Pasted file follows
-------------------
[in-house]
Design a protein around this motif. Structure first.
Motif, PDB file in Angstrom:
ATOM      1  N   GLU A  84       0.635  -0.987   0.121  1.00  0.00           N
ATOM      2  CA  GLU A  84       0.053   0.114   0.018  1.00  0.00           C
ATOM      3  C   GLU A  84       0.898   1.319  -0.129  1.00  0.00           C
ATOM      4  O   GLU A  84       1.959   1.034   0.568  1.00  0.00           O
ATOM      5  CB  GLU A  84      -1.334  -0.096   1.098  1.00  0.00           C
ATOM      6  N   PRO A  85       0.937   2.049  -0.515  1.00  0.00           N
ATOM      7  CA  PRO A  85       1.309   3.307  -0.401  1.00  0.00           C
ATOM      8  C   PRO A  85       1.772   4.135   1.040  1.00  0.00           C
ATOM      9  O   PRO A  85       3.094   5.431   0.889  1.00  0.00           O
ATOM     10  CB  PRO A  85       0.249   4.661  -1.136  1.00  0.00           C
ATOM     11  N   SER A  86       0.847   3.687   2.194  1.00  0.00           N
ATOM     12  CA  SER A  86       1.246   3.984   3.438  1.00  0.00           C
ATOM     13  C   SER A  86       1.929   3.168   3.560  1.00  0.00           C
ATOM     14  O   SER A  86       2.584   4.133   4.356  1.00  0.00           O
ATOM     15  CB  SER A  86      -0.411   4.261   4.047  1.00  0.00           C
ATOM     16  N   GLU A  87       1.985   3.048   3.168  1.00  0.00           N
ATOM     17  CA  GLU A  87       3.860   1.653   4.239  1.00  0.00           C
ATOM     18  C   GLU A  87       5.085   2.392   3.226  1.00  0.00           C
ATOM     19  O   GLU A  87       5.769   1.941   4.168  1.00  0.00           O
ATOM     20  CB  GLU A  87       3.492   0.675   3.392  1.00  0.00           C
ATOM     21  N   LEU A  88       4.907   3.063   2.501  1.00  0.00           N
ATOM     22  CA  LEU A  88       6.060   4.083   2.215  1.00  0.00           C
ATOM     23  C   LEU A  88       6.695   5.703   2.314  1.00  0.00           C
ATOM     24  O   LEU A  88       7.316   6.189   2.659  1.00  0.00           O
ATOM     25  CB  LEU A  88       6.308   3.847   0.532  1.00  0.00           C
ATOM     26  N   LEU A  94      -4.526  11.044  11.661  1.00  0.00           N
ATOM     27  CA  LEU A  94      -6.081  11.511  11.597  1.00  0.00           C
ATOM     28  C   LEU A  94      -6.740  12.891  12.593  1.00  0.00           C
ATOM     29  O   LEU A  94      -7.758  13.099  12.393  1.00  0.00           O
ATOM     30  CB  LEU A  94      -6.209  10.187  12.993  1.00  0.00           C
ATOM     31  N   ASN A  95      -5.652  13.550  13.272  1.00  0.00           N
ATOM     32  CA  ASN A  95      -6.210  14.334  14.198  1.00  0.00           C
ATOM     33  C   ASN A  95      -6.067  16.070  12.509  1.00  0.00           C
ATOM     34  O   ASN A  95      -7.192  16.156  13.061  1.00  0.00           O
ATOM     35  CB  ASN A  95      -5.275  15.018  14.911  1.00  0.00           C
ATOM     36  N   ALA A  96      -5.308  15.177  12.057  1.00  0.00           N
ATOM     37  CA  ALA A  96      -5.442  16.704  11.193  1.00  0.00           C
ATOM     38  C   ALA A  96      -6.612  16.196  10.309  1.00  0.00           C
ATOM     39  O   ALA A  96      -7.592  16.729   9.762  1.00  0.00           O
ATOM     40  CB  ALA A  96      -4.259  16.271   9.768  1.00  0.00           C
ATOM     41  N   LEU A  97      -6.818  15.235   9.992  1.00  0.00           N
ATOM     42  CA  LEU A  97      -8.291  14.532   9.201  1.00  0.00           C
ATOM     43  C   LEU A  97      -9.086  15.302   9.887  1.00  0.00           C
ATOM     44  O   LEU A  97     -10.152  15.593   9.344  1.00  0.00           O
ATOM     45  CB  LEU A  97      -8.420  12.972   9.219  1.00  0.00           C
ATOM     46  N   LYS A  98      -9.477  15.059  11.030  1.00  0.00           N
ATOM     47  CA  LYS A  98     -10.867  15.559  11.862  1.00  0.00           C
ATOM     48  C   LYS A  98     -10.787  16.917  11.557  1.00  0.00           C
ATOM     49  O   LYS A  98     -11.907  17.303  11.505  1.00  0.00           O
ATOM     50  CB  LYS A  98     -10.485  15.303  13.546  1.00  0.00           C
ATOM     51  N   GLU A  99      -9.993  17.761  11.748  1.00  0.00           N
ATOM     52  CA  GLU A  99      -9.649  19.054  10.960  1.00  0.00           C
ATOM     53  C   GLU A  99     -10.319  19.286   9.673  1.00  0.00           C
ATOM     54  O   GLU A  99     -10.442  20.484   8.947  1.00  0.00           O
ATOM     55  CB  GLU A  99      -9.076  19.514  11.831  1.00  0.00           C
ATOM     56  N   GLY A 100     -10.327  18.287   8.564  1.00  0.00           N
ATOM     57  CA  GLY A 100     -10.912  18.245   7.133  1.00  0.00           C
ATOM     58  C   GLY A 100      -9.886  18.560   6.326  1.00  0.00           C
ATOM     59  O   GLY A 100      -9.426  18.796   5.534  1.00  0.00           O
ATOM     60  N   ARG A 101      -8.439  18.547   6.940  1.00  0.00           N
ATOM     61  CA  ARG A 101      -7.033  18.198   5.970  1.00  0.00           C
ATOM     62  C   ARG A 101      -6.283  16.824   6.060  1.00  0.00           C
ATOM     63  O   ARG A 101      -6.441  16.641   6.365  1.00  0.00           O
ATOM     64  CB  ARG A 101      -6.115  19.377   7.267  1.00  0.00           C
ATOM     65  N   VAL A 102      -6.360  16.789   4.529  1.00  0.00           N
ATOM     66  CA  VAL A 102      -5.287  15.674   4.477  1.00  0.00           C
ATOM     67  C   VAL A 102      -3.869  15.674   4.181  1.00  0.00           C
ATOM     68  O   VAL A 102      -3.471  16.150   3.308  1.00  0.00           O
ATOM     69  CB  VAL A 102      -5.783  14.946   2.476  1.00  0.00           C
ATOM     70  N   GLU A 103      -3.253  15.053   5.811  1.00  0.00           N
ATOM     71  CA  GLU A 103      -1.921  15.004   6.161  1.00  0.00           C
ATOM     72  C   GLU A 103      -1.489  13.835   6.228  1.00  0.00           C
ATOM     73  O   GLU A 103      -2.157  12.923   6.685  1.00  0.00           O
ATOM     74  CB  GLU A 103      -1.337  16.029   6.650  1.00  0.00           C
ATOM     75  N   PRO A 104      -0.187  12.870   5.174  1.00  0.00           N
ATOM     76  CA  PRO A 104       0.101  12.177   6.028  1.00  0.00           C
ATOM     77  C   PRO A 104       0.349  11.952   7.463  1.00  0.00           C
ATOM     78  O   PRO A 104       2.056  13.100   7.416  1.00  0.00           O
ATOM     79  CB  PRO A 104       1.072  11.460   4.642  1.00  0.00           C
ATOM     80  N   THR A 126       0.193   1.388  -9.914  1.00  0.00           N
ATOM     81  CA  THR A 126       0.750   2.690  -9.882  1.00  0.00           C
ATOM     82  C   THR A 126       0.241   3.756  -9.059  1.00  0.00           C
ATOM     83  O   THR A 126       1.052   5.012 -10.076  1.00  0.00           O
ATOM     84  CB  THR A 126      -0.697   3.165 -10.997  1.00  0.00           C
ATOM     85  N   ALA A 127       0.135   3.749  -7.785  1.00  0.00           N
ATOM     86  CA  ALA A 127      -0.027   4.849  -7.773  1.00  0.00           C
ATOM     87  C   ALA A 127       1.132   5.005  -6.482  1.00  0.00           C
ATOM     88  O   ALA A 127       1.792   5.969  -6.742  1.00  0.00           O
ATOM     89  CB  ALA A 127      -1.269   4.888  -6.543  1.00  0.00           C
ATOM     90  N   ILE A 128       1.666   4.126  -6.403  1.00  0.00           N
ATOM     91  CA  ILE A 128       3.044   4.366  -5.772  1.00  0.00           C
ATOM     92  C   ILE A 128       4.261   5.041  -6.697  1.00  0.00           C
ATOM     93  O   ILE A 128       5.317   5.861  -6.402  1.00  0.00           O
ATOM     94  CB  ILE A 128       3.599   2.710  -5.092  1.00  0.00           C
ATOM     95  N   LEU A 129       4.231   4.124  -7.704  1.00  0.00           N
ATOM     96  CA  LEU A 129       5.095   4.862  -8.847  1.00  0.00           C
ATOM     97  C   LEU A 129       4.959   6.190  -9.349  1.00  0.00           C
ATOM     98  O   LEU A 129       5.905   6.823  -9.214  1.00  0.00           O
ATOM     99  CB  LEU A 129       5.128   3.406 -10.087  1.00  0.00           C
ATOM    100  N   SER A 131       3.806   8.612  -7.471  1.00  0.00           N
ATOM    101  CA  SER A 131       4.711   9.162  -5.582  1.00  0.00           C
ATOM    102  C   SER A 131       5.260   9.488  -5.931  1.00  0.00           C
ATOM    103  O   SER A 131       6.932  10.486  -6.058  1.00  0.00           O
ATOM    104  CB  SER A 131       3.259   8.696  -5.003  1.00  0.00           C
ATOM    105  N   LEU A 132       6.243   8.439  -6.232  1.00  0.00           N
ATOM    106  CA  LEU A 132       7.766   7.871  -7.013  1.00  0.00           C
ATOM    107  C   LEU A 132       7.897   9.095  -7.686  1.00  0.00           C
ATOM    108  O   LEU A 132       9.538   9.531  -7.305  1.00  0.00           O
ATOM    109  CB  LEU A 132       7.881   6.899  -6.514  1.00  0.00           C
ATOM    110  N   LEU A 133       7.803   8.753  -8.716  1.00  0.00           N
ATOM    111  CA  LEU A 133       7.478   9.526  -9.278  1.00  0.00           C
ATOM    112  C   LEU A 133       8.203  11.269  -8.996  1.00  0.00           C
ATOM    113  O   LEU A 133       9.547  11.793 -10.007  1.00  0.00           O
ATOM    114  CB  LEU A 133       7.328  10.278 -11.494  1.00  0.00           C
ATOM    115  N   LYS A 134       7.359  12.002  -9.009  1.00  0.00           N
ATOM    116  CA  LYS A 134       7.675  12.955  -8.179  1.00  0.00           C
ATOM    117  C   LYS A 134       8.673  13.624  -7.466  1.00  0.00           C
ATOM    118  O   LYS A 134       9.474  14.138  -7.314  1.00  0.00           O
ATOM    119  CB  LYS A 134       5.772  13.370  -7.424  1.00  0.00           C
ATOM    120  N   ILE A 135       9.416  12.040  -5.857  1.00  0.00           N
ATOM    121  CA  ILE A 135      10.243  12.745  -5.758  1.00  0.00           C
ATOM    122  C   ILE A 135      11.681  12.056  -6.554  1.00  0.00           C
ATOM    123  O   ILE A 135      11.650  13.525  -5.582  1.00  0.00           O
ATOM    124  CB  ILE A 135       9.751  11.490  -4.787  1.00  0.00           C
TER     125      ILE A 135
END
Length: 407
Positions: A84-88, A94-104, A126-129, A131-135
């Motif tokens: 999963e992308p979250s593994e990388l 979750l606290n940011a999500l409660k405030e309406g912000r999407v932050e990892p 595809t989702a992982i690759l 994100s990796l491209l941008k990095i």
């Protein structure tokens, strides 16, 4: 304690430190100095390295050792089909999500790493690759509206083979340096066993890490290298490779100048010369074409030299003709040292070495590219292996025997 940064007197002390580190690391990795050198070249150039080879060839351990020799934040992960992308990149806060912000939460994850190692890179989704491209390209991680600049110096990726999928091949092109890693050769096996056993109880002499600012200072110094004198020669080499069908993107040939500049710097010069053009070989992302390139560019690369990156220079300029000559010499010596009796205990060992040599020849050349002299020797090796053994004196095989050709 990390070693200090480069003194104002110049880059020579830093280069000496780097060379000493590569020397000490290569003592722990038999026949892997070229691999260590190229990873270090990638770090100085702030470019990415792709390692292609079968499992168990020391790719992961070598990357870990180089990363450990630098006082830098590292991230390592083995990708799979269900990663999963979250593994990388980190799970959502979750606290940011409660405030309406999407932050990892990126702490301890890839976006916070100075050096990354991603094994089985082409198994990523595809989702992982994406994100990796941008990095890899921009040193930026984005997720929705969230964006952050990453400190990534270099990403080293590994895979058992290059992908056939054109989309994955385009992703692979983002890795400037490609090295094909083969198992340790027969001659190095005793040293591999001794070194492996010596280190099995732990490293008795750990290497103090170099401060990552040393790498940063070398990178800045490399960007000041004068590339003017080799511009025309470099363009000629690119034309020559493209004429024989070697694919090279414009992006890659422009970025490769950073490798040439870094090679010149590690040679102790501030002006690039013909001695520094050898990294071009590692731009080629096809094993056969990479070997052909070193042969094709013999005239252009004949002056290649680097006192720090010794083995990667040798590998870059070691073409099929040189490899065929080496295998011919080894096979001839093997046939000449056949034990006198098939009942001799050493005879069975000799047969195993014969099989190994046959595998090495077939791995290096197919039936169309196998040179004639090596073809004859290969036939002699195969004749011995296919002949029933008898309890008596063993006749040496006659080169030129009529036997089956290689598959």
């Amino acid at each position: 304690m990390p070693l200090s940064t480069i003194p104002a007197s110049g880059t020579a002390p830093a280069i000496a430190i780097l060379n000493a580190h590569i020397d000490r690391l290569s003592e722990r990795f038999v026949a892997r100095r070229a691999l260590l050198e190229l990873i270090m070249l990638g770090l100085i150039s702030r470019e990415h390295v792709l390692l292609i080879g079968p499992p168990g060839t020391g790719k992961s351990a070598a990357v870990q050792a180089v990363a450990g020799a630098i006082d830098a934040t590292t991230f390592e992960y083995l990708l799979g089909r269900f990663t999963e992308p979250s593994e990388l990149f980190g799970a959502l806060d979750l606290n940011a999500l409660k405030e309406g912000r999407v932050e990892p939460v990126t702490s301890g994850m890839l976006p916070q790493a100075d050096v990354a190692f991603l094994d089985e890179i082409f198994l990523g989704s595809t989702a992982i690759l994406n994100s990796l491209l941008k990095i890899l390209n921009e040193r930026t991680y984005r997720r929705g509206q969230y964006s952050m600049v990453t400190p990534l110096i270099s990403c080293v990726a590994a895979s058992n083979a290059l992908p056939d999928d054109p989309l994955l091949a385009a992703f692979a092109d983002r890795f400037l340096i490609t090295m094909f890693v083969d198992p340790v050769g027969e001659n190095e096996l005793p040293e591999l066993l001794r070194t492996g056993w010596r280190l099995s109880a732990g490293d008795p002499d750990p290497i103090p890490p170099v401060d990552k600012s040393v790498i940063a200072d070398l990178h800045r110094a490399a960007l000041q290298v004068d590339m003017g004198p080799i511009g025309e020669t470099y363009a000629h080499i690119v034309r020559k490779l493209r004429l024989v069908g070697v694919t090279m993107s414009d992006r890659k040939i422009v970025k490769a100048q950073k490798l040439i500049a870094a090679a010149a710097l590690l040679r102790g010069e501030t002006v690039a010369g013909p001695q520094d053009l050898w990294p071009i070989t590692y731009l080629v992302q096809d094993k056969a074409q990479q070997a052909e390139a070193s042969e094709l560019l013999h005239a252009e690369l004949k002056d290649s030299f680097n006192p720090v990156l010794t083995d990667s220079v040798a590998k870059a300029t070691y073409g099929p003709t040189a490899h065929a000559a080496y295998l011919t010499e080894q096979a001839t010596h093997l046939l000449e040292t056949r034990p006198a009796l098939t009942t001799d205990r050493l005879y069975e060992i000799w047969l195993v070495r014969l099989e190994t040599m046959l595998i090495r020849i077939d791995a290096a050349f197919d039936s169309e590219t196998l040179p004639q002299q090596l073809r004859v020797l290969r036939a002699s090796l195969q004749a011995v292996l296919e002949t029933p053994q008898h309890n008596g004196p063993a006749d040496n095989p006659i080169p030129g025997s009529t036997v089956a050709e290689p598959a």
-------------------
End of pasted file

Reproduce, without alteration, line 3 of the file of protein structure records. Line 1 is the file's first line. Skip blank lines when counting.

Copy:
Motif, PDB file in Angstrom: